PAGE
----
Christine Adams told I-Team Reporter Jackie Callaway she relives the terror of her car catching fire every time she straps her infant son, Calhen, into his car seat.
“Every day you think about it,” said Adams, who barely escaped her Kia Sorento with her husband and baby after it spontaneously burst into flames on a Polk County highway on a Sunday afternoon last August.
“Getting in the car you shouldn’t have to think about what’s the fastest way to get your son out,” said Adams.
The Adams are now among dozens of plaintiffs in Florida, New Jersey and California who are suing Kia and Hyundai for vehicle fires.
Miami attorney Simeon Genediev filed a class action suit against Kia on behalf of the Adams family earlier this month.
“The last stop for them to provide accountability for these failings is the courts,” said Genediev.
The Adams’ case takes aim at Kia over an earlier engine recall and improper work done while replacing those defective engines.
According to court documents, Kia “knew or should have known that the recall repairs would not resolve the engine defect and may make the class vehicles more likely to catch fire.”
In November, the I-Team exposed fuel leaks resulting from improper repairs during those engine recalls sparking some of these fires.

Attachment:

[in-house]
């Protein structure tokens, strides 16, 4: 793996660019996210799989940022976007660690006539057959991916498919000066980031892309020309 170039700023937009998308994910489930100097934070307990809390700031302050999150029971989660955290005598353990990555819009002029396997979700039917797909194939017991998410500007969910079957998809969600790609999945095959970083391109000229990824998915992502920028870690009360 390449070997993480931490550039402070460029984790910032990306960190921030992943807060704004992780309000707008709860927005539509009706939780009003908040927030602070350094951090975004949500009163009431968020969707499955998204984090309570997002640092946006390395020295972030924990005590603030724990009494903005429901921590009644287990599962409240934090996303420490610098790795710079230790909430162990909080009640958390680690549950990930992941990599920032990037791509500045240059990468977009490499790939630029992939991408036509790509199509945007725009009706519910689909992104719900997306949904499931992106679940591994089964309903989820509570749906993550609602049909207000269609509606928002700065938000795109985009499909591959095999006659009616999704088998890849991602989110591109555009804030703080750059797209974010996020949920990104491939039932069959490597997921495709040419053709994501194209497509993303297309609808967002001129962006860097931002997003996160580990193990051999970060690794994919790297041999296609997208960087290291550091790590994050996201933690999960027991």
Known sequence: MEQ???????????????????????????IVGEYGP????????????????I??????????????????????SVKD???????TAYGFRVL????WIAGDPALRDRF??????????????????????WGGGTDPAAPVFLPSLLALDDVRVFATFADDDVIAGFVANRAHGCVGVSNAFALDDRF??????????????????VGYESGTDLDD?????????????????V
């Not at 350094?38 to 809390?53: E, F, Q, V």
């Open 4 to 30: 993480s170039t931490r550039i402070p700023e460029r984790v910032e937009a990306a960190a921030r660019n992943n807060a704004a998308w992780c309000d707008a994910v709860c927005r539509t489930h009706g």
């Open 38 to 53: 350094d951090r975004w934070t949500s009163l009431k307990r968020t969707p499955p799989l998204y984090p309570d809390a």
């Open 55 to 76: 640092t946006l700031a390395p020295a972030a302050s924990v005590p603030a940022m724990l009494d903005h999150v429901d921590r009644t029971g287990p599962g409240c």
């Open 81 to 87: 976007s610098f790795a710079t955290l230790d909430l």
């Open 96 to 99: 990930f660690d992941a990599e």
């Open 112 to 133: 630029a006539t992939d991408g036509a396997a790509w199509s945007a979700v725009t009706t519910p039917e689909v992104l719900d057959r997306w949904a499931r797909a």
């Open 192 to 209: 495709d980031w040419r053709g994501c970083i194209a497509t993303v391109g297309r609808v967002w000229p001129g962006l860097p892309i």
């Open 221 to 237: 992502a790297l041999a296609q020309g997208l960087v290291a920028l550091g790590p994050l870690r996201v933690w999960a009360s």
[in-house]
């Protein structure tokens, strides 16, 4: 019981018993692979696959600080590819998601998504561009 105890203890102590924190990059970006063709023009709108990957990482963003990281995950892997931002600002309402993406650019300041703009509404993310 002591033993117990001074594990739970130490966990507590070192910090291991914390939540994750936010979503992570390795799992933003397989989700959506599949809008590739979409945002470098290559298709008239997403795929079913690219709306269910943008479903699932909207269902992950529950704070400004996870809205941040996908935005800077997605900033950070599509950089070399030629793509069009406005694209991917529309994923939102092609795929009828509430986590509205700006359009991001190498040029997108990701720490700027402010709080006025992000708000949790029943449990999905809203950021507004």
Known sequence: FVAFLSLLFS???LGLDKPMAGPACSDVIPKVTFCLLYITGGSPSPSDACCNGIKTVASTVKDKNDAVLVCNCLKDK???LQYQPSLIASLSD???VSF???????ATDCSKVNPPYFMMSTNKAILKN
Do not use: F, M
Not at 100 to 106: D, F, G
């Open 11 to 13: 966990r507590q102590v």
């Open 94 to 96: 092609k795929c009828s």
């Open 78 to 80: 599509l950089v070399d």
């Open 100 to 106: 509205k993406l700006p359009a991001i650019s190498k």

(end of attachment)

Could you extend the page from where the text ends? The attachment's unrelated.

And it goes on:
Two other class action lawsuits in New Jersey and California – leveled against both Kia and Hyundai – accuse the automakers of deceptive and fraudulent business practices.
The suit filed in New Jersey cites “consumers having suffered monetary or other harm…”
Class action veteran John Yanchunis, who is not involved in any of the suits against Kia or Hyundai, was among the attorneys who sued Volkswagen over its diesel cheating scandal.
Volkswagen settled that suit for more than $14 billion, but Yanchunis estimates the cases against Hyundai and Kia could be worth more.
“Cars moving down the highway that suddenly burst into flames – much more serious than Volkswagen,” said Yanchunis.
Kia declined to comment on any pending litigation, while Hyundai says the company has taken proactive steps to address engine problems.
Legal experts tell ABC Action News a federal judicial panel will likely decide whether all of these cases should be combined as one class action.